The REDress Project is a haunting outdoor art installation in Washington DC by Canadian artist Jaime Black meant to represent the epidemic of violence against indigenous women and girls.
NASA Captures First Air-to-Air Images of Supersonic Shockwave Interaction in Flight
In order to capture these images, the King Air, flying a pattern around 30,000 feet, had to arrive in a precise position as the pair of T-38s passed at supersonic speeds approximately 2,000 feet below. Meanwhile, the cameras, able to record for a total of three seconds, had to begin recording at the exact moment the supersonic T-38s came into frame.
“The biggest challenge was trying to get the timing correct to make sure we could get these images,” said Heather Maliska, AirBOS sub-project manager. “I’m absolutely happy with how the team was able to pull this off. Our operations team has done this type of maneuver before. They know how to get the maneuver lined up, and our NASA pilots and the Air Force pilots did a great job being where they needed to be.”
“They were rock stars.”
The data from the AirBOS flights will continue to undergo analysis, helping NASA refine the techniques for these tests to improve data further, with future flights potentially taking place at higher altitudes. These efforts will help advance knowledge of the characteristics of shockwaves as NASA progresses toward quiet supersonic research flights with the X-59, and closer toward a major milestone in aviation.
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Have you seen our newest addition to the Baytown art scene? #iheartbaytown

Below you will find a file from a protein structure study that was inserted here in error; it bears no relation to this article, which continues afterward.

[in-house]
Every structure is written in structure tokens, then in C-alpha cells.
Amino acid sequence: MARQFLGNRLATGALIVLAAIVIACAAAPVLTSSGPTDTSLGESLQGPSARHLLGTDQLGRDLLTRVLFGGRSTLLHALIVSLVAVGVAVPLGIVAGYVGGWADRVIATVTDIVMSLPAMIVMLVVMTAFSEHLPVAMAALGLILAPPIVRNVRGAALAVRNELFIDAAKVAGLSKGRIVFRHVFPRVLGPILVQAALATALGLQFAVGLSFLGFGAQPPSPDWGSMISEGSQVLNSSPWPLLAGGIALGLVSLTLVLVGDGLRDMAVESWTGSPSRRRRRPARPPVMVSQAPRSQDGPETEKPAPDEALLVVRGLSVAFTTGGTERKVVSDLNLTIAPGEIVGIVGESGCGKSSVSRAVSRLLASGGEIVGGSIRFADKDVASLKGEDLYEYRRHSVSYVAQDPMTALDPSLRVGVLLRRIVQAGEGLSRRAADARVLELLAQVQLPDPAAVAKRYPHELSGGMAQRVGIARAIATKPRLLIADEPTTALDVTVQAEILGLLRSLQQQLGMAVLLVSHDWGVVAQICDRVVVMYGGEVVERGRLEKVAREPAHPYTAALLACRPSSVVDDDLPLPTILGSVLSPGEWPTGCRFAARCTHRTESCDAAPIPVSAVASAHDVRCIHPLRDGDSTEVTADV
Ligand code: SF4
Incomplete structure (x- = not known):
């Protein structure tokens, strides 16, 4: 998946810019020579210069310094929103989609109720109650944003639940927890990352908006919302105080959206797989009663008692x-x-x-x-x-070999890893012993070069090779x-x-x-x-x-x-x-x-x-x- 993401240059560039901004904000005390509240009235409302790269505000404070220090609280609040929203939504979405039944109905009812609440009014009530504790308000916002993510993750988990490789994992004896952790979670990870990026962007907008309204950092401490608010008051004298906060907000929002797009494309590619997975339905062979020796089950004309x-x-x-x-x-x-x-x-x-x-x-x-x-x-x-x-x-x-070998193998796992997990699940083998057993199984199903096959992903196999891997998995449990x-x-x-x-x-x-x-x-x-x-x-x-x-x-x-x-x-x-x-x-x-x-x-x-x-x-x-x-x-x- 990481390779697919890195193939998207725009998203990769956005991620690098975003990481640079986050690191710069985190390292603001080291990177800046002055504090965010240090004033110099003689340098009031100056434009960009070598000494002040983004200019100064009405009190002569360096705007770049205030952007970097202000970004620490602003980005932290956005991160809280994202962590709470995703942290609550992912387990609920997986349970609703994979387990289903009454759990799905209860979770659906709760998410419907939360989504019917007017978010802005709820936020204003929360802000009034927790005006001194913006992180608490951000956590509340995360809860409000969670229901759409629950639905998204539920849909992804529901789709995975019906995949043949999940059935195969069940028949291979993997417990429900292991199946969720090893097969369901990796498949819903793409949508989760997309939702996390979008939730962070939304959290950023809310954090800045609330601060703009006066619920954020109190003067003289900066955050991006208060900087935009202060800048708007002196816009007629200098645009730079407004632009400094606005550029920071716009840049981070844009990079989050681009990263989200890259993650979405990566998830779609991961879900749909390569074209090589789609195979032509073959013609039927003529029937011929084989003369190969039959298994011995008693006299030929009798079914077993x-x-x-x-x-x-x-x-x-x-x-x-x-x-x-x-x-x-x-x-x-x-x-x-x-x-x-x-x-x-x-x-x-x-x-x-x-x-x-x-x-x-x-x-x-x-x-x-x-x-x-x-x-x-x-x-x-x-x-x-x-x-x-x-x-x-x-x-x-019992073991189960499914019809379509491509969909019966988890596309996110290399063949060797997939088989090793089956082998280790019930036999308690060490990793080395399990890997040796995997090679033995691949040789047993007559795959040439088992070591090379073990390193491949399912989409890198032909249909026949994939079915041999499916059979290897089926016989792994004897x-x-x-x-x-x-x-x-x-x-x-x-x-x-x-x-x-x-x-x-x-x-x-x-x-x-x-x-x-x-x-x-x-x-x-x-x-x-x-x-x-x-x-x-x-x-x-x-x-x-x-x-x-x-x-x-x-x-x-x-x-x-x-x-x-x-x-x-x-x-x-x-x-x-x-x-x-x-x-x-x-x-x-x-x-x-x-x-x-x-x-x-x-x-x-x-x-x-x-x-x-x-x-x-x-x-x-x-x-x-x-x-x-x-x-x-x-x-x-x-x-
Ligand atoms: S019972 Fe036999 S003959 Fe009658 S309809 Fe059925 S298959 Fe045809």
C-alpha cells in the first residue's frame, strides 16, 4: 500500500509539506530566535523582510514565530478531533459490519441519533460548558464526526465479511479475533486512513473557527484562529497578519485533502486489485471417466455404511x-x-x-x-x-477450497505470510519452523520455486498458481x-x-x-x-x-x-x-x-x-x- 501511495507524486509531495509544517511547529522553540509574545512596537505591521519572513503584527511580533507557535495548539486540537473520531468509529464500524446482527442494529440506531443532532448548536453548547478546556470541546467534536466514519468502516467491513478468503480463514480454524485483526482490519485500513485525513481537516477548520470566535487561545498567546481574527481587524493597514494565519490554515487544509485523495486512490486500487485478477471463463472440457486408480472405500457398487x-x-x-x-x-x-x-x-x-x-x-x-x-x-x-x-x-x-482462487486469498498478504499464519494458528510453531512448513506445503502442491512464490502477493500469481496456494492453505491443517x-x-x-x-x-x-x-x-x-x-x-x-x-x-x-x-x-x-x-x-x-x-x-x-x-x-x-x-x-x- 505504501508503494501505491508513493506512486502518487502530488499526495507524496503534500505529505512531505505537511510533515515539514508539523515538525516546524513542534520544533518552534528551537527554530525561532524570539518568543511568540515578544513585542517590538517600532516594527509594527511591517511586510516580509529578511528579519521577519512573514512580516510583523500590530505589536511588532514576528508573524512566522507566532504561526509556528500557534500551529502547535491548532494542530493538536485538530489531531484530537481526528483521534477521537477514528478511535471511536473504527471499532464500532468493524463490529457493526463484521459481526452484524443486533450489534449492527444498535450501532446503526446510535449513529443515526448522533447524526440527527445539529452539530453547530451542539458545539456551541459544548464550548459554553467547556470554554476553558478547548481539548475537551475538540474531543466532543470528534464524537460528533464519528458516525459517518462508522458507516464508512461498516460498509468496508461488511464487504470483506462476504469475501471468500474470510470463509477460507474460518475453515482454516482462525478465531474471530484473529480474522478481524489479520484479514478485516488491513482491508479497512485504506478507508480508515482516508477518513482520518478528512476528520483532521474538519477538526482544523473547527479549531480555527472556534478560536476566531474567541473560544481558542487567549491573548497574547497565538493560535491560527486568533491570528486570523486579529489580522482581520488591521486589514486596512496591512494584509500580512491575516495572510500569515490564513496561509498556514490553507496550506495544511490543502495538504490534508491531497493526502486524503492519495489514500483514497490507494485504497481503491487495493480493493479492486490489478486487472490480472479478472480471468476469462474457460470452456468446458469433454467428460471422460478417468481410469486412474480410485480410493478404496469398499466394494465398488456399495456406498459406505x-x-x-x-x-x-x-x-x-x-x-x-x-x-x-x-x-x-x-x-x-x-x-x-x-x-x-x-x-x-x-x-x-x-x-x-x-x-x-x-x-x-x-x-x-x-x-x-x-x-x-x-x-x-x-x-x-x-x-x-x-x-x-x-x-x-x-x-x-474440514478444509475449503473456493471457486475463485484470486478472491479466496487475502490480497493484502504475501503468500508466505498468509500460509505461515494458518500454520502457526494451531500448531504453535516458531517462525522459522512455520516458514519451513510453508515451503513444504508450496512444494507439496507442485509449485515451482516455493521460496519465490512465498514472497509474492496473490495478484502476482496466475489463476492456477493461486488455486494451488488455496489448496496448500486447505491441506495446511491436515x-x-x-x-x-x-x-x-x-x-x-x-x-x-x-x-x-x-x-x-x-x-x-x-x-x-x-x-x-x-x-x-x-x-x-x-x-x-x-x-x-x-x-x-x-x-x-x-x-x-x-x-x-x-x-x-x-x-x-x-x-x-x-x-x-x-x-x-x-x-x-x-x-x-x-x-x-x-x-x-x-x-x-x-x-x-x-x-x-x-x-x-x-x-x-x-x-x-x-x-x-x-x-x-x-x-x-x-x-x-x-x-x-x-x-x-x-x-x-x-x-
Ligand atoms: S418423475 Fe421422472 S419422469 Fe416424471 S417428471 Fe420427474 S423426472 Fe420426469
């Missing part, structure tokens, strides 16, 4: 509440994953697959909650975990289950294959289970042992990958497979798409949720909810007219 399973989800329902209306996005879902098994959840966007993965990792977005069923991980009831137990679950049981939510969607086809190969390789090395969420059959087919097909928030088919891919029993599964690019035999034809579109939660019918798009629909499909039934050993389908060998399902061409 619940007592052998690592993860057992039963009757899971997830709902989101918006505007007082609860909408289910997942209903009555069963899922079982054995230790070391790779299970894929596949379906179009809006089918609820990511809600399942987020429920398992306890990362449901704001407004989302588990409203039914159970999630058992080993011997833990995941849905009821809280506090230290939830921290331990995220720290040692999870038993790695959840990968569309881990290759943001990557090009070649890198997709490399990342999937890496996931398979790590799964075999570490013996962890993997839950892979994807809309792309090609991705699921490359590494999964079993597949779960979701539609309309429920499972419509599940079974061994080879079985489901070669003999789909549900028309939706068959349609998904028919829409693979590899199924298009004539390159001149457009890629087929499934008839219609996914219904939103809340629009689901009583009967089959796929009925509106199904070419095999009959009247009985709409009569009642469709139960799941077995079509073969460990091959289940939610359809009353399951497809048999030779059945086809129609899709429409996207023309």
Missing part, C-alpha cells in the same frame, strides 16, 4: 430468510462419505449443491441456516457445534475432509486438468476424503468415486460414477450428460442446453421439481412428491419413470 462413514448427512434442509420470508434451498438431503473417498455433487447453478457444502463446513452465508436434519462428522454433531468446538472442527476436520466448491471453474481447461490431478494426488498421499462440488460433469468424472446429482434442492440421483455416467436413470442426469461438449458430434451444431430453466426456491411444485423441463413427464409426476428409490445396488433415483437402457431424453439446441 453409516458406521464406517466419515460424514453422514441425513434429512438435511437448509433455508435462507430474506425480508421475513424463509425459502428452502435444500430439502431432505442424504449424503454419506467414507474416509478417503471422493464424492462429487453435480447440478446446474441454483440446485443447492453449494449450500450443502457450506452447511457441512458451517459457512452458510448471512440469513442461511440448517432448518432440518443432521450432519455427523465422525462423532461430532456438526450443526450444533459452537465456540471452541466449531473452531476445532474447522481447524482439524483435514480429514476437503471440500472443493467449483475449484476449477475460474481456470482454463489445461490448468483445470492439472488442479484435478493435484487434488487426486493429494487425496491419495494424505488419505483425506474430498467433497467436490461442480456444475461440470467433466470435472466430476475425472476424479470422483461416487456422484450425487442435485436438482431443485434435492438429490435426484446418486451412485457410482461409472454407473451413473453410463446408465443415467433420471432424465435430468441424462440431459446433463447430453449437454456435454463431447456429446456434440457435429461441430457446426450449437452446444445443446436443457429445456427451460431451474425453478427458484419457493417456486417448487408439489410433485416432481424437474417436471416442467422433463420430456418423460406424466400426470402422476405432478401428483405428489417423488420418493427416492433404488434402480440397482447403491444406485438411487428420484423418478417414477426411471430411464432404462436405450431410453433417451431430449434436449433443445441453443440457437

His art is just incredible.Sugar Magnolia wrote: ↑Wed Mar 27, 2019 4:02 pmThis guy is not only a fabulous artist, he's also very personable. Every bit of his work is made from old denim jeans. I can't get enough of his work.
Make sure to click through on all the pieces and the close-ups of the work. It has been years since my husband and I have exchanged gifts for anything but I asked him for a copy of the book. Come to think of it, the last time I asked for a gift it was also an art book. Watercolors by Wyatt Waters that time.
more photos at the link. Also links to the artists' website / facebook.Dutch Artists Paint Giant Bookcase On An Apartment Building Featuring Residents’ Favorite Books
While many street artists choose abandoned buildings and old train tracks as the canvases for their explosive masterpieces, Dutch street artist Jan Is De Man chooses to go another route – by realizing lively works for local communities who want to connect. His aim is to create projects ‘where everyone can identify themselves’ by asking for the involvement of the residents’ who commission him. Jan Is De Man’s most recent gift to a neighborhood – a whimsical tri-level trompe l’oeil mural bookcase on an apartment building in Utrecht, Netherlands. The artist was aided by fellow street artist Deef Feed who, he told Bored Panda, had worked on a few other murals with him and is the co-owner of their tattoo shop “Blackbook Tattoos” in the center of Utrecht. <SNIP>
Good art often throws people off balance.Mr. Gneiss wrote: ↑Thu May 02, 2019 6:45 pmThe Monet exhibition will be in the Hamilton Building. It is named after Frederic C. Hamilton who headed the fundraising drive for the $110 million building. In 2014, he bequeathed 22 impressionist paintings to DAM, four of which are by Monet.
The building's odd shape is said to create equilibrium problems for some people.
Hamilton Building - Denver Art Museum